So, it’s been a week. I’ve gone through all the initial in processing stuff; finance, medical, dental, etc. I’ve been deemed suitable for sending to war, though I can only wonder at the criteria used. I got four shots. Fortunately, I didn’t have to repeat the smallpox experience for which I am very grateful. That sucked. The vaccination is good for 10 years. I’m kind of hoping that I’m done with deployments by the time I’m due for a another.
I am somewhat needle phobic. Me getting poked bothers me a little bit. Watching other people get poked bothers me a lot. I have one more experience to go through that involves needles. Not sure when but at some point I will need to take the Combat Life Saver course. This course teaches the fundamental advanced first aid required to keep a wound soldier alive until s/he gets to the trained medical folks who can actually save his life. That’s a good thing. Learning to start an IV. Passing the class requires actually starting an IV on a live person. Your buddy starts one on you and then you start one on him. I’m pretty sure I’m not going to like it. I might also get to have an airway inserted up my nose. Sounds like an E ticket ride.
Found this article today. Presents an interesting summary of the situation in Iraq after the surge.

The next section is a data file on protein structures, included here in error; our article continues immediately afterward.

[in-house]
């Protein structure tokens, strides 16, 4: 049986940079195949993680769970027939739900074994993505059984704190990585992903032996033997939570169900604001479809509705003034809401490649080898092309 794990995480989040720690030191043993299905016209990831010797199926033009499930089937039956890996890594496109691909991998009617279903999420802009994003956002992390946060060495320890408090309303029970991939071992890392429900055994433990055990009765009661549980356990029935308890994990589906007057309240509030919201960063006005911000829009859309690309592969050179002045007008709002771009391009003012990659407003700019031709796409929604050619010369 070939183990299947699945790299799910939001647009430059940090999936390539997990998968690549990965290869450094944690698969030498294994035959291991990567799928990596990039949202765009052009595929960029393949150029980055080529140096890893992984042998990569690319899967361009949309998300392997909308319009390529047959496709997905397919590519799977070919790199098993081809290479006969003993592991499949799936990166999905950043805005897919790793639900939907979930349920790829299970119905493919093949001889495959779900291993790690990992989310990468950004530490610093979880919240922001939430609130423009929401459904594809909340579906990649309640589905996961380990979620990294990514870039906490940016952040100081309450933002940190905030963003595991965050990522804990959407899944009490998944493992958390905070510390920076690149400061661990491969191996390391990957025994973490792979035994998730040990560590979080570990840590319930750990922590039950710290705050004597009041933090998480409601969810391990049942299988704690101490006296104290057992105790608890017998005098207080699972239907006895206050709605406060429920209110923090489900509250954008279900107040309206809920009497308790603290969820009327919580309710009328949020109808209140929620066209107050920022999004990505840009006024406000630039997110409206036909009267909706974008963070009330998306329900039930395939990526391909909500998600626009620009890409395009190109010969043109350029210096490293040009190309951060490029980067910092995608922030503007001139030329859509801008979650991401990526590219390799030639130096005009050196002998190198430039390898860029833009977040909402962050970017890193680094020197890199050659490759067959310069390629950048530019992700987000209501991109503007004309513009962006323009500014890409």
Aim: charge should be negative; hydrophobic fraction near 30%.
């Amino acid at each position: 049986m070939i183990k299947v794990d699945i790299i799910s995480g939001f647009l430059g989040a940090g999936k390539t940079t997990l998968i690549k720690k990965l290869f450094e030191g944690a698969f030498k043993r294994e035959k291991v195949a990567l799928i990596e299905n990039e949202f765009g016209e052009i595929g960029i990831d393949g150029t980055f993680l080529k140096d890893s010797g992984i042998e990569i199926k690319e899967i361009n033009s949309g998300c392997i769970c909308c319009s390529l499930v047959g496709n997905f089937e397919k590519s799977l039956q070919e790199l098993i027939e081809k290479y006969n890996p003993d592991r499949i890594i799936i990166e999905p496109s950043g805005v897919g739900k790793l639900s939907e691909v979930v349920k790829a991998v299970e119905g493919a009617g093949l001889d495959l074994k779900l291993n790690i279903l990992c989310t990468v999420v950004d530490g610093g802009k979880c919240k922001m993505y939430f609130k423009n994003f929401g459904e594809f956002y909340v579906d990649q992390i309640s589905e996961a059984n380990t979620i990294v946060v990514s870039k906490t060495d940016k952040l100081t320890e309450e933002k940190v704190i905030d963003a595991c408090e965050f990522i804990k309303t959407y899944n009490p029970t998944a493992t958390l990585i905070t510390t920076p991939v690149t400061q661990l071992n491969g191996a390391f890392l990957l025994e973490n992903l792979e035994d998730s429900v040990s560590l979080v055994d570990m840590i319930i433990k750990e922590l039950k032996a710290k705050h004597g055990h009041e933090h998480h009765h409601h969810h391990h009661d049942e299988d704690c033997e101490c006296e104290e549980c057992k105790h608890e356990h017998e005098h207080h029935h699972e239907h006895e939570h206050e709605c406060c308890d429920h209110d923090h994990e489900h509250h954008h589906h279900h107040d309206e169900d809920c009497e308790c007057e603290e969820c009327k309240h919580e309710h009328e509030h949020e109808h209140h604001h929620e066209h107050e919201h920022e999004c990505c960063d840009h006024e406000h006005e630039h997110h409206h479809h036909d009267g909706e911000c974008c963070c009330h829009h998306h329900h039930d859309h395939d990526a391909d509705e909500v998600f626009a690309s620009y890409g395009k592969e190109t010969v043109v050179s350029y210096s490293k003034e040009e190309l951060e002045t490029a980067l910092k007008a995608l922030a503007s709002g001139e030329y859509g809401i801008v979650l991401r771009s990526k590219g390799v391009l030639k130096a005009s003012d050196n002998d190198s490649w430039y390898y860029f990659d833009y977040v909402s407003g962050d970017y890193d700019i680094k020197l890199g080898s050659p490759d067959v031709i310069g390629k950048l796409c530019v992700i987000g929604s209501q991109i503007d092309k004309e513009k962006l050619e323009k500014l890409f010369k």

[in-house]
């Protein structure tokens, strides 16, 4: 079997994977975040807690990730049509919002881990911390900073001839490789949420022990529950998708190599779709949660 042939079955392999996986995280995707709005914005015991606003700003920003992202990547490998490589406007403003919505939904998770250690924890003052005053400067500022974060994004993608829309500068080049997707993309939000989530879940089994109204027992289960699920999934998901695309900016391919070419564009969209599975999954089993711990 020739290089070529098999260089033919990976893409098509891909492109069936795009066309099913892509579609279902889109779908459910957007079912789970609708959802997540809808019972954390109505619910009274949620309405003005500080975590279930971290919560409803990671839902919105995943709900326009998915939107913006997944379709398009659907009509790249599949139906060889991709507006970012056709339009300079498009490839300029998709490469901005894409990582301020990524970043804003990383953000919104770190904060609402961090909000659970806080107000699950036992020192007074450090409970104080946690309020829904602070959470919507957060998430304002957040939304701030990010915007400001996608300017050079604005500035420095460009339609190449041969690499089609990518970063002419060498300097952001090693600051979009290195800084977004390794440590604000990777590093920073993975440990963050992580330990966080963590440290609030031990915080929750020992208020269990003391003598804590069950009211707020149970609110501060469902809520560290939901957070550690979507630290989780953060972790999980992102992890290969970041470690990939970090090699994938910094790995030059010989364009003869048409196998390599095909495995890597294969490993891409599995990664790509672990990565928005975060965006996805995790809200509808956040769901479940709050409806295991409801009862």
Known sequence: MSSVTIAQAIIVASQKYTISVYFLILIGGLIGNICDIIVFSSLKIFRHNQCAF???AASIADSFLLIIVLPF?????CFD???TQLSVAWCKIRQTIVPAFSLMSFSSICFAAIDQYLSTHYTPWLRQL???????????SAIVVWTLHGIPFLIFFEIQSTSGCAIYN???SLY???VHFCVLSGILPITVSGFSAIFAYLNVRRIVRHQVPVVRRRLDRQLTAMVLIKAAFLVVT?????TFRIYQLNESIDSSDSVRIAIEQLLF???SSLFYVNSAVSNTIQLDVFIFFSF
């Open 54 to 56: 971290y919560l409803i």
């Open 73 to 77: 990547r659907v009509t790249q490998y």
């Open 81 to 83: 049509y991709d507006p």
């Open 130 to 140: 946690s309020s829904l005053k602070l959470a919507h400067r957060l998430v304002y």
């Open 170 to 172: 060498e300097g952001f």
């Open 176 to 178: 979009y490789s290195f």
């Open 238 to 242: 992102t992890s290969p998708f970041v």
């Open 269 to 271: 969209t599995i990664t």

That said, it’s still an open question whether the surge accomplished its main goal: of providing breathing space for the Iraqi government to regroup.
There’s more than a little spin going on here. There’s little doubt that the surge – in conjunction with other events in Iraq – has reduced the violence and created some stability in the country. The above quote more accurately stated would be, will the Iraqi government capitalize on the opportunity provided it by the quell in violence that currently exists.
Iraqi politics has been a bastion of corruption, deceit, and intrigue for over forty years. Iraqis must learn a whole new set of skills to function in a new society in which the government is a servant to the people and not the other way round.